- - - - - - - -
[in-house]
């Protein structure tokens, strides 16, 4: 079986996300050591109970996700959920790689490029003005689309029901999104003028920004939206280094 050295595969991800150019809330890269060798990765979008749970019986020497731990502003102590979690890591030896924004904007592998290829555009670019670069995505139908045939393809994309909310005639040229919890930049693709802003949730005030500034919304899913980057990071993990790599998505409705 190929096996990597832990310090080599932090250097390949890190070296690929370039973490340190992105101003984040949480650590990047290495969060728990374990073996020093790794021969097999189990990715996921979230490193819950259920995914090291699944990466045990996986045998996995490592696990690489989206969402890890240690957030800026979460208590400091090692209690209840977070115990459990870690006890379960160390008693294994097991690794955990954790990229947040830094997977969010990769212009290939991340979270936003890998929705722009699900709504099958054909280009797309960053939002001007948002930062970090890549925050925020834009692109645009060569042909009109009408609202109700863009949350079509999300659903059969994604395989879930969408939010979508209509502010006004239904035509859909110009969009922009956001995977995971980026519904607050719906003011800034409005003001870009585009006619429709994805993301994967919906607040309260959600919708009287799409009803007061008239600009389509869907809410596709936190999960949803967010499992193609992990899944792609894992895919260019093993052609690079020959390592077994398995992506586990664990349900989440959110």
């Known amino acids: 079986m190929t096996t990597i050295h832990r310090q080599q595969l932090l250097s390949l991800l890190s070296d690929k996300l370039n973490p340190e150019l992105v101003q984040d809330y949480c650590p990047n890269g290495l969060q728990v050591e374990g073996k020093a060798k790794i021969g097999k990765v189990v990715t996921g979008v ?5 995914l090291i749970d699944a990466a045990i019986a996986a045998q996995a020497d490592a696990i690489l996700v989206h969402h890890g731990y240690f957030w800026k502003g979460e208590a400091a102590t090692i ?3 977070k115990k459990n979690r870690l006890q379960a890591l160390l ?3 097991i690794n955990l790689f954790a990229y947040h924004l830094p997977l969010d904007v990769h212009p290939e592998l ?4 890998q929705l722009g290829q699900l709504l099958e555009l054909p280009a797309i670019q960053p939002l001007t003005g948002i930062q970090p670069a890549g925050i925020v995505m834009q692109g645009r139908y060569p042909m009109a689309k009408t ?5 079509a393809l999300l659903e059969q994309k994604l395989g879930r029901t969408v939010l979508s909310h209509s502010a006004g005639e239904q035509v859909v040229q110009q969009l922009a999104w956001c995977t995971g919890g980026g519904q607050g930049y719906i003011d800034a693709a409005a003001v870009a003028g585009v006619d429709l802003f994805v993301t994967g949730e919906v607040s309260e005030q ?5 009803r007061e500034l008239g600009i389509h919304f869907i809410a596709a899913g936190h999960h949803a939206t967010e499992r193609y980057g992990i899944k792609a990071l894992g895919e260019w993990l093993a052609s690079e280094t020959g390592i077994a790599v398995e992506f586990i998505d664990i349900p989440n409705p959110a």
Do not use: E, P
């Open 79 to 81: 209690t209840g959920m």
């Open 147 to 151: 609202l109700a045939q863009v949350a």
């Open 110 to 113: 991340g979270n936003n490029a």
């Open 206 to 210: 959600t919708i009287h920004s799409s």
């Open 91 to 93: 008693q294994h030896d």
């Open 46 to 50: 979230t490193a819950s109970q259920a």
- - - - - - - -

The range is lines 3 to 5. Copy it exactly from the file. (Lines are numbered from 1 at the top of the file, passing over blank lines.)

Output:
């Known amino acids: 079986m190929t096996t990597i050295h832990r310090q080599q595969l932090l250097s390949l991800l890190s070296d690929k996300l370039n973490p340190e150019l992105v101003q984040d809330y949480c650590p990047n890269g290495l969060q728990v050591e374990g073996k020093a060798k790794i021969g097999k990765v189990v990715t996921g979008v ?5 995914l090291i749970d699944a990466a045990i019986a996986a045998q996995a020497d490592a696990i690489l996700v989206h969402h890890g731990y240690f957030w800026k502003g979460e208590a400091a102590t090692i ?3 977070k115990k459990n979690r870690l006890q379960a890591l160390l ?3 097991i690794n955990l790689f954790a990229y947040h924004l830094p997977l969010d904007v990769h212009p290939e592998l ?4 890998q929705l722009g290829q699900l709504l099958e555009l054909p280009a797309i670019q960053p939002l001007t003005g948002i930062q970090p670069a890549g925050i925020v995505m834009q692109g645009r139908y060569p042909m009109a689309k009408t ?5 079509a393809l999300l659903e059969q994309k994604l395989g879930r029901t969408v939010l979508s909310h209509s502010a006004g005639e239904q035509v859909v040229q110009q969009l922009a999104w956001c995977t995971g919890g980026g519904q607050g930049y719906i003011d800034a693709a409005a003001v870009a003028g585009v006619d429709l802003f994805v993301t994967g949730e919906v607040s309260e005030q ?5 009803r007061e500034l008239g600009i389509h919304f869907i809410a596709a899913g936190h999960h949803a939206t967010e499992r193609y980057g992990i899944k792609a990071l894992g895919e260019w993990l093993a052609s690079e280094t020959g390592i077994a790599v398995e992506f586990i998505d664990i349900p989440n409705p959110a």
Do not use: E, P
């Open 79 to 81: 209690t209840g959920m």